Answer by Mikaela Sifuentes:
I'm a patriotic American, but I identify first as Texan, then American, and the reason for that is culture.
Texas feels like a very unique place in the United States, and it has a very unique culture. It's not quite part of the South, the Midwest, or the Southwest. It has a different history, different food, a different ethnic background.
If you grow up in Texas, Texan culture is everywhere. The biggest theme park franchise is called Six Flags, for the six flags that flew over Texas throughout history. As a grade schooler, we rode on a bus 3 hours for a field trip to the Bob Bullock Texas History Museum. We have history courses on Texas in middle and high school. Texas flags are everywhere. Cowboy garb is an acceptable fashion choice. Texas longhorn symbols are common, usually in reference to the University of Texas mascot. There's tex-mex food (Mexican + Ranchero), and kolaches, thanks to our Czech ancestors. You can travel to see beaches, mountains, plains, canyons, and mesas, all without crossing the Texas border. Everyone knows about the Alamo, and many Texans have gone to see it. The Texan revolution is still a great source of pride. The Texas star and state shape is emblazoned on clothes, buildings, highways, etc. Texas has a large GDP and has generally done quite well, even during the Great Recession. Texas also has 3 of the top 10 largest cities in the United States (Houston, San Antonio, and Dallas). When you travel abroad, you can tell people you are from Texas, and people generally know what you are talking about. Despite our shortcomings, Texas is a major destination state for non-Texans, and a comparatively small number of people move out.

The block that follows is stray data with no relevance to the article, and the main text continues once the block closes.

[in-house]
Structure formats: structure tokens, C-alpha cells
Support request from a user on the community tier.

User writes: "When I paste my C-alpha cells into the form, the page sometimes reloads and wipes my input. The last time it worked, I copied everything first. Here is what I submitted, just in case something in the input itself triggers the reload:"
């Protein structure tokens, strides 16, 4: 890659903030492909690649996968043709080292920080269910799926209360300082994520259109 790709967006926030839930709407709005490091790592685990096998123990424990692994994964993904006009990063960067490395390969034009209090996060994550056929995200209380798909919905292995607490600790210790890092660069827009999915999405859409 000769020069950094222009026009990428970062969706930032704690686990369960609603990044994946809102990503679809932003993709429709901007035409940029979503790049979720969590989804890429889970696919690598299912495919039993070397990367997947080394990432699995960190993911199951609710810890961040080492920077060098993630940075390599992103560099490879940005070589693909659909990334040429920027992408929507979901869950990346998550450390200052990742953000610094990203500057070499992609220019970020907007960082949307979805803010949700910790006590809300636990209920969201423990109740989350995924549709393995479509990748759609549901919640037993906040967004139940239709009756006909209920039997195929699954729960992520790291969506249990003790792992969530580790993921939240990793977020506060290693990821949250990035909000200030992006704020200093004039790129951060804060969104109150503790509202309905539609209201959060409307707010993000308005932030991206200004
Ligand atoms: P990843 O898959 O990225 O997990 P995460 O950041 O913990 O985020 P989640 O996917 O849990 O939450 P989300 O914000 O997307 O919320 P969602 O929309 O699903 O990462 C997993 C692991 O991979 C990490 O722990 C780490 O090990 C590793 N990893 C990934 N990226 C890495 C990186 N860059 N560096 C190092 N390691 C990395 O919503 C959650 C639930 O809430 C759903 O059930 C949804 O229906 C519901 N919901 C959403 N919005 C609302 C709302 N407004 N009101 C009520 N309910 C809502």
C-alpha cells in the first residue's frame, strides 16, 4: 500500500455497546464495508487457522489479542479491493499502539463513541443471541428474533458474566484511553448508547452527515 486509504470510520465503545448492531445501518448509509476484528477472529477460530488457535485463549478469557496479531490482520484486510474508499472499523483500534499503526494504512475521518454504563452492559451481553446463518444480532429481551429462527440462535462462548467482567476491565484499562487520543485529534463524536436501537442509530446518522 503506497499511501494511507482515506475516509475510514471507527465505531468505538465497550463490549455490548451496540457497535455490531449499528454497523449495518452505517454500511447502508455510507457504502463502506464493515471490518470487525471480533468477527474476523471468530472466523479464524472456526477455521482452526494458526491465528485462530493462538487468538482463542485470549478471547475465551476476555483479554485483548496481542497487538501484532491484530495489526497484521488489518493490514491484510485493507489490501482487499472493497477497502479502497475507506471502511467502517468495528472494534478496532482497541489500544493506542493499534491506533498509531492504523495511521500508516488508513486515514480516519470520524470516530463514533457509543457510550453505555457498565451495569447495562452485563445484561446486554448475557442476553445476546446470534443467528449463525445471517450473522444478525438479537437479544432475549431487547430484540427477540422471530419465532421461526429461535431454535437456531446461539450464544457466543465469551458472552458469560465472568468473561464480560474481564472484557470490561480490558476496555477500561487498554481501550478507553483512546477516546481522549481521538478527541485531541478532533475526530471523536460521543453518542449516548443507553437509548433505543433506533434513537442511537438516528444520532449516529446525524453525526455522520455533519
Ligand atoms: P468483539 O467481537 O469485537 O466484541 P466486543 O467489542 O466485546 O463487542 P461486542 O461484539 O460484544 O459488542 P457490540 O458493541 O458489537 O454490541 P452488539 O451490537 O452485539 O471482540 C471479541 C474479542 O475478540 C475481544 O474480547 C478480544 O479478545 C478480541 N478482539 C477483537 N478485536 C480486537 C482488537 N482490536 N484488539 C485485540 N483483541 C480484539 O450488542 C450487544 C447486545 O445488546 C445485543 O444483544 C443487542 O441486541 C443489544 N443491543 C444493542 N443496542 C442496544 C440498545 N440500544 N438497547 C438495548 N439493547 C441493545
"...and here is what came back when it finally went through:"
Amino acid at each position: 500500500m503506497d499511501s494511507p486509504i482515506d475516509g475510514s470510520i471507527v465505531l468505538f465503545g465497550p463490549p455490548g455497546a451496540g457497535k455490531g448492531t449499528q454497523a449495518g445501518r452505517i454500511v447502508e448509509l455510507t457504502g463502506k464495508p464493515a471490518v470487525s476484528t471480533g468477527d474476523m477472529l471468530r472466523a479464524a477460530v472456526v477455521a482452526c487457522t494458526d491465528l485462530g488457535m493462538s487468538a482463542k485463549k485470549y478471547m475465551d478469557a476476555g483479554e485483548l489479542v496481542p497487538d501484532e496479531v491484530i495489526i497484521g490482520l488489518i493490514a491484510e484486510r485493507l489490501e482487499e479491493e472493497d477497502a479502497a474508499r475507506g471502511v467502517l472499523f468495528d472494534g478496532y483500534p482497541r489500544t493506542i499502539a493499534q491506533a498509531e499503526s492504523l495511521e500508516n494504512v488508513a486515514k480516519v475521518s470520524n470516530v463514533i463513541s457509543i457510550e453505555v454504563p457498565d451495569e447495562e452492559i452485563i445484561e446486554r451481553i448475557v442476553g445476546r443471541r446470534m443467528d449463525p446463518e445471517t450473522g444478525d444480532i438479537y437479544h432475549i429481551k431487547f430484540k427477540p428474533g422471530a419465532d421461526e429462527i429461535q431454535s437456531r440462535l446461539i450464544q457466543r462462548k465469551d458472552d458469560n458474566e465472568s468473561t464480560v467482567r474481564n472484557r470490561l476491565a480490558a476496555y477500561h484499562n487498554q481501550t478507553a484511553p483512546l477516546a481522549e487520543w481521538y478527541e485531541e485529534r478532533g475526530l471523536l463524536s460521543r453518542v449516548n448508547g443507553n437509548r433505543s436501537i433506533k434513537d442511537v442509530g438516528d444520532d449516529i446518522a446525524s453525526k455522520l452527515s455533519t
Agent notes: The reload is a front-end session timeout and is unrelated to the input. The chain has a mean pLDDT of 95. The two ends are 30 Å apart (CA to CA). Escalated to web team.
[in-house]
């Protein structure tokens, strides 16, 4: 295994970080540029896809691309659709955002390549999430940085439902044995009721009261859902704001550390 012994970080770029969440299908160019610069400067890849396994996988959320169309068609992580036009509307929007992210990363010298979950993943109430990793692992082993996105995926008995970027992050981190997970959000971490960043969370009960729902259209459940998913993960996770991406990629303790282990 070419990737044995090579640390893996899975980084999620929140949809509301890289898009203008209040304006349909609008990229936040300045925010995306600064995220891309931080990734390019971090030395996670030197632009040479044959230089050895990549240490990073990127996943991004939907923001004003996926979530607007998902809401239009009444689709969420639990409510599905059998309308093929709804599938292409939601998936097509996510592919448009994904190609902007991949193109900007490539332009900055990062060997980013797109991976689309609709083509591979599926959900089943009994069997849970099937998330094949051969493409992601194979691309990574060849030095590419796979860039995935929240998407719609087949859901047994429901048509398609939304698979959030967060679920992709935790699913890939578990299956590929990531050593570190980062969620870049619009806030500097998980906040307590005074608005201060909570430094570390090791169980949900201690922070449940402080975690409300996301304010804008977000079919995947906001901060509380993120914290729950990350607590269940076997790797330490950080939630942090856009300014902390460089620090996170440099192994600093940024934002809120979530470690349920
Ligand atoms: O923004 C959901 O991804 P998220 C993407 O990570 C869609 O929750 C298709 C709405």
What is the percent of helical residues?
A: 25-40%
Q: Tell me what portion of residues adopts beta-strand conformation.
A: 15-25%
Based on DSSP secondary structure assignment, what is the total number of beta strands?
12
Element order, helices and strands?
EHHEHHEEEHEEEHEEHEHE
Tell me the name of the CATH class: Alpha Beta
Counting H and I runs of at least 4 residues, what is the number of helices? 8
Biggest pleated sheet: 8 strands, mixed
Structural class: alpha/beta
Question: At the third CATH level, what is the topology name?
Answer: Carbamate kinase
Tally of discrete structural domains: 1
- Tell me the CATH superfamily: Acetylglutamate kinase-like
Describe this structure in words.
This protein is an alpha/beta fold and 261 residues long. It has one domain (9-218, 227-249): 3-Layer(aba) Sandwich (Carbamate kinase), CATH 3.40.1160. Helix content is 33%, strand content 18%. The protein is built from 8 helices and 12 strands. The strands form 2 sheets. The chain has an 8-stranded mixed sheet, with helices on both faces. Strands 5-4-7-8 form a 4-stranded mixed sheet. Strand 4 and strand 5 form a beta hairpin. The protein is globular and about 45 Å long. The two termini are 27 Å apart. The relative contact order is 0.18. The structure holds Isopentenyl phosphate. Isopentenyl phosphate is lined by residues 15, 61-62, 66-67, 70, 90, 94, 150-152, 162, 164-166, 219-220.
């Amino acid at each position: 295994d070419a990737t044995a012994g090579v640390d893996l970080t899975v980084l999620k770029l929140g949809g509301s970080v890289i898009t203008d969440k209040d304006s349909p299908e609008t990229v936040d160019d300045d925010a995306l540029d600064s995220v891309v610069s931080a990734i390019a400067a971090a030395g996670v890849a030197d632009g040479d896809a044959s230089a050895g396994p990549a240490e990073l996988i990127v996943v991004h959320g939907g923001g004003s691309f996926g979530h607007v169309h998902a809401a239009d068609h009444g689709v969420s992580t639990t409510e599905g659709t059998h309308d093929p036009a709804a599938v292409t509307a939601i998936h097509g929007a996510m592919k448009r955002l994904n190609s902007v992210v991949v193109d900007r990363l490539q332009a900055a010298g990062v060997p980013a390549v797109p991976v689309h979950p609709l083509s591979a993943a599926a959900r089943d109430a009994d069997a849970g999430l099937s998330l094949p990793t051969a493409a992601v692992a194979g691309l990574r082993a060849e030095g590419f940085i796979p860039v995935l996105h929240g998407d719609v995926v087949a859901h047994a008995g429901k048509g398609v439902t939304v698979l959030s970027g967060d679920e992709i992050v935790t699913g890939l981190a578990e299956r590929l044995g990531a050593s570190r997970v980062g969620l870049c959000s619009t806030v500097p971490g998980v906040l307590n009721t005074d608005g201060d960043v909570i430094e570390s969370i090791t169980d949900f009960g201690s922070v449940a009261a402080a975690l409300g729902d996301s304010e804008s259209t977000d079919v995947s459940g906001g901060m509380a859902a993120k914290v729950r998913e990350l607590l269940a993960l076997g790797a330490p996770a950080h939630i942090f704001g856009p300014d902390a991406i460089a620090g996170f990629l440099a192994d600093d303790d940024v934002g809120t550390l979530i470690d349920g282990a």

"American" is a very broad term, and although the rest of the world sometimes sees Americans as all the same, we can vary pretty significantly in our backgrounds. If I think about who I am, the descriptor "Texan" nicely sums up quite a bit of my personality. I am friendly to strangers, love hot weather, I'm a huge fan of Texan food (and beer!), and I am neither liberal nor conservative. I'm independent, strong-willed, and Hispanic. As others have mentioned, this Texan pride does not come at the cost of an American identity, being a Texan is merely my particular "flavor" of American.
Why do Texans identify so strongly with their state as opposed to their country?